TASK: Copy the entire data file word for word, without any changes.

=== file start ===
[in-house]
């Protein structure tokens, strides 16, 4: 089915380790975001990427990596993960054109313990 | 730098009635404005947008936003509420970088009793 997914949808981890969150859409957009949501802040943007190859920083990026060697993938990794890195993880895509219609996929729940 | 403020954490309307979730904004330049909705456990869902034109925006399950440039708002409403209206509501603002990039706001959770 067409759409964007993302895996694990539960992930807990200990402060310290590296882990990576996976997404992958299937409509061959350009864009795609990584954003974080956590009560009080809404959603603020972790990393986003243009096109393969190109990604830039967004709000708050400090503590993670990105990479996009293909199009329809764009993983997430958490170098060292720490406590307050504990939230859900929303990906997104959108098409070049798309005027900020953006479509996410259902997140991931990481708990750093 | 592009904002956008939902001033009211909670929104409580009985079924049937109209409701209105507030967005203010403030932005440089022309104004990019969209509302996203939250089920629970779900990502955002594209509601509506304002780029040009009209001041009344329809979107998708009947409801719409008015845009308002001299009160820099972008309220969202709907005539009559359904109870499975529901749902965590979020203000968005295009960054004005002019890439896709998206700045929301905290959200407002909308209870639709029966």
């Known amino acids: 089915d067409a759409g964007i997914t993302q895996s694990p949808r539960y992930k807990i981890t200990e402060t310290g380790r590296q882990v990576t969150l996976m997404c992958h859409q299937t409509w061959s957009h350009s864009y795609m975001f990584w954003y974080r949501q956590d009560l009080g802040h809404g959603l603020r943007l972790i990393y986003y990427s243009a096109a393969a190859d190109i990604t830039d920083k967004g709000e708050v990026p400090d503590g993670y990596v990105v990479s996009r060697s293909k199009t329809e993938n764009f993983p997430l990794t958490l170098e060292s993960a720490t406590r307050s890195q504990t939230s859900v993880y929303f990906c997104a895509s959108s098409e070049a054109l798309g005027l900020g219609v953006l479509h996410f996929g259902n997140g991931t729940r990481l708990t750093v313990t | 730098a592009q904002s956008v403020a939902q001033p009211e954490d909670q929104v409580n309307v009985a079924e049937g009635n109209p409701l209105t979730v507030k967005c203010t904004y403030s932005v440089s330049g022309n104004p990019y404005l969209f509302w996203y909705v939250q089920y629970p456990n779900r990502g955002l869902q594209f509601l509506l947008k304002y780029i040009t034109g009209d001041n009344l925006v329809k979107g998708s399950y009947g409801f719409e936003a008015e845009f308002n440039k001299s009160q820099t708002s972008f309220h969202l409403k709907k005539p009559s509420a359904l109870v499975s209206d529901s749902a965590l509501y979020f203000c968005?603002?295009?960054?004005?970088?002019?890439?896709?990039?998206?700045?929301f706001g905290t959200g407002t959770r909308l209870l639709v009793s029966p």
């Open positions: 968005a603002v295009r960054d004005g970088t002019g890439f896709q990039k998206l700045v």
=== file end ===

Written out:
[in-house]
């Protein structure tokens, strides 16, 4: 089915380790975001990427990596993960054109313990 | 730098009635404005947008936003509420970088009793 997914949808981890969150859409957009949501802040943007190859920083990026060697993938990794890195993880895509219609996929729940 | 403020954490309307979730904004330049909705456990869902034109925006399950440039708002409403209206509501603002990039706001959770 067409759409964007993302895996694990539960992930807990200990402060310290590296882990990576996976997404992958299937409509061959350009864009795609990584954003974080956590009560009080809404959603603020972790990393986003243009096109393969190109990604830039967004709000708050400090503590993670990105990479996009293909199009329809764009993983997430958490170098060292720490406590307050504990939230859900929303990906997104959108098409070049798309005027900020953006479509996410259902997140991931990481708990750093 | 592009904002956008939902001033009211909670929104409580009985079924049937109209409701209105507030967005203010403030932005440089022309104004990019969209509302996203939250089920629970779900990502955002594209509601509506304002780029040009009209001041009344329809979107998708009947409801719409008015845009308002001299009160820099972008309220969202709907005539009559359904109870499975529901749902965590979020203000968005295009960054004005002019890439896709998206700045929301905290959200407002909308209870639709029966």
């Known amino acids: 089915d067409a759409g964007i997914t993302q895996s694990p949808r539960y992930k807990i981890t200990e402060t310290g380790r590296q882990v990576t969150l996976m997404c992958h859409q299937t409509w061959s957009h350009s864009y795609m975001f990584w954003y974080r949501q956590d009560l009080g802040h809404g959603l603020r943007l972790i990393y986003y990427s243009a096109a393969a190859d190109i990604t830039d920083k967004g709000e708050v990026p400090d503590g993670y990596v990105v990479s996009r060697s293909k199009t329809e993938n764009f993983p997430l990794t958490l170098e060292s993960a720490t406590r307050s890195q504990t939230s859900v993880y929303f990906c997104a895509s959108s098409e070049a054109l798309g005027l900020g219609v953006l479509h996410f996929g259902n997140g991931t729940r990481l708990t750093v313990t | 730098a592009q904002s956008v403020a939902q001033p009211e954490d909670q929104v409580n309307v009985a079924e049937g009635n109209p409701l209105t979730v507030k967005c203010t904004y403030s932005v440089s330049g022309n104004p990019y404005l969209f509302w996203y909705v939250q089920y629970p456990n779900r990502g955002l869902q594209f509601l509506l947008k304002y780029i040009t034109g009209d001041n009344l925006v329809k979107g998708s399950y009947g409801f719409e936003a008015e845009f308002n440039k001299s009160q820099t708002s972008f309220h969202l409403k709907k005539p009559s509420a359904l109870v499975s209206d529901s749902a965590l509501y979020f203000c968005?603002?295009?960054?004005?970088?002019?890439?896709?990039?998206?700045?929301f706001g905290t959200g407002t959770r909308l209870l639709v009793s029966p």
């Open positions: 968005a603002v295009r960054d004005g970088t002019g890439f896709q990039k998206l700045v």